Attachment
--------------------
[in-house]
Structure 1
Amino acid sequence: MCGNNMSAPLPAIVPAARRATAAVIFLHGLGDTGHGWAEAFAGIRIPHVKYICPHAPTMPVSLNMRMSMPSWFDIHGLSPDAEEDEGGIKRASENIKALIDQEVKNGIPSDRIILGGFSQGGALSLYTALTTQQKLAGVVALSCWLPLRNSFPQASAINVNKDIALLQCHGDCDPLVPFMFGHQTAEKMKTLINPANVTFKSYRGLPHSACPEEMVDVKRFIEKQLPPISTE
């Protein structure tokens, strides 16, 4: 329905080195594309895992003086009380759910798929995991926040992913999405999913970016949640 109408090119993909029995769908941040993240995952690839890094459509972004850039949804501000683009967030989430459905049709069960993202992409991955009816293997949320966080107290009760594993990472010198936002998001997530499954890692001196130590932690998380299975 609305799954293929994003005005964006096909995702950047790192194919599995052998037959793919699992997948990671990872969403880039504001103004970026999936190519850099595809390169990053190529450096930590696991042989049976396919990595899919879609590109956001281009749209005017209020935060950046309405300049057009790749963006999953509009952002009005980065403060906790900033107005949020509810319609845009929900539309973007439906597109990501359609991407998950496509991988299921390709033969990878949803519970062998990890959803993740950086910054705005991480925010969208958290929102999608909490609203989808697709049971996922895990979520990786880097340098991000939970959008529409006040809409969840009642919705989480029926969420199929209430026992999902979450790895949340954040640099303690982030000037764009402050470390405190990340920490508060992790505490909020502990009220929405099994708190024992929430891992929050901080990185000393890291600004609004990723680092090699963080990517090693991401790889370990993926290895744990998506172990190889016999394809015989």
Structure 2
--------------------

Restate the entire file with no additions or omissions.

[in-house]
Structure 1
Amino acid sequence: MCGNNMSAPLPAIVPAARRATAAVIFLHGLGDTGHGWAEAFAGIRIPHVKYICPHAPTMPVSLNMRMSMPSWFDIHGLSPDAEEDEGGIKRASENIKALIDQEVKNGIPSDRIILGGFSQGGALSLYTALTTQQKLAGVVALSCWLPLRNSFPQASAINVNKDIALLQCHGDCDPLVPFMFGHQTAEKMKTLINPANVTFKSYRGLPHSACPEEMVDVKRFIEKQLPPISTE
């Protein structure tokens, strides 16, 4: 329905080195594309895992003086009380759910798929995991926040992913999405999913970016949640 109408090119993909029995769908941040993240995952690839890094459509972004850039949804501000683009967030989430459905049709069960993202992409991955009816293997949320966080107290009760594993990472010198936002998001997530499954890692001196130590932690998380299975 609305799954293929994003005005964006096909995702950047790192194919599995052998037959793919699992997948990671990872969403880039504001103004970026999936190519850099595809390169990053190529450096930590696991042989049976396919990595899919879609590109956001281009749209005017209020935060950046309405300049057009790749963006999953509009952002009005980065403060906790900033107005949020509810319609845009929900539309973007439906597109990501359609991407998950496509991988299921390709033969990878949803519970062998990890959803993740950086910054705005991480925010969208958290929102999608909490609203989808697709049971996922895990979520990786880097340098991000939970959008529409006040809409969840009642919705989480029926969420199929209430026992999902979450790895949340954040640099303690982030000037764009402050470390405190990340920490508060992790505490909020502990009220929405099994708190024992929430891992929050901080990185000393890291600004609004990723680092090699963080990517090693991401790889370990993926290895744990998506172990190889016999394809015989």
Structure 2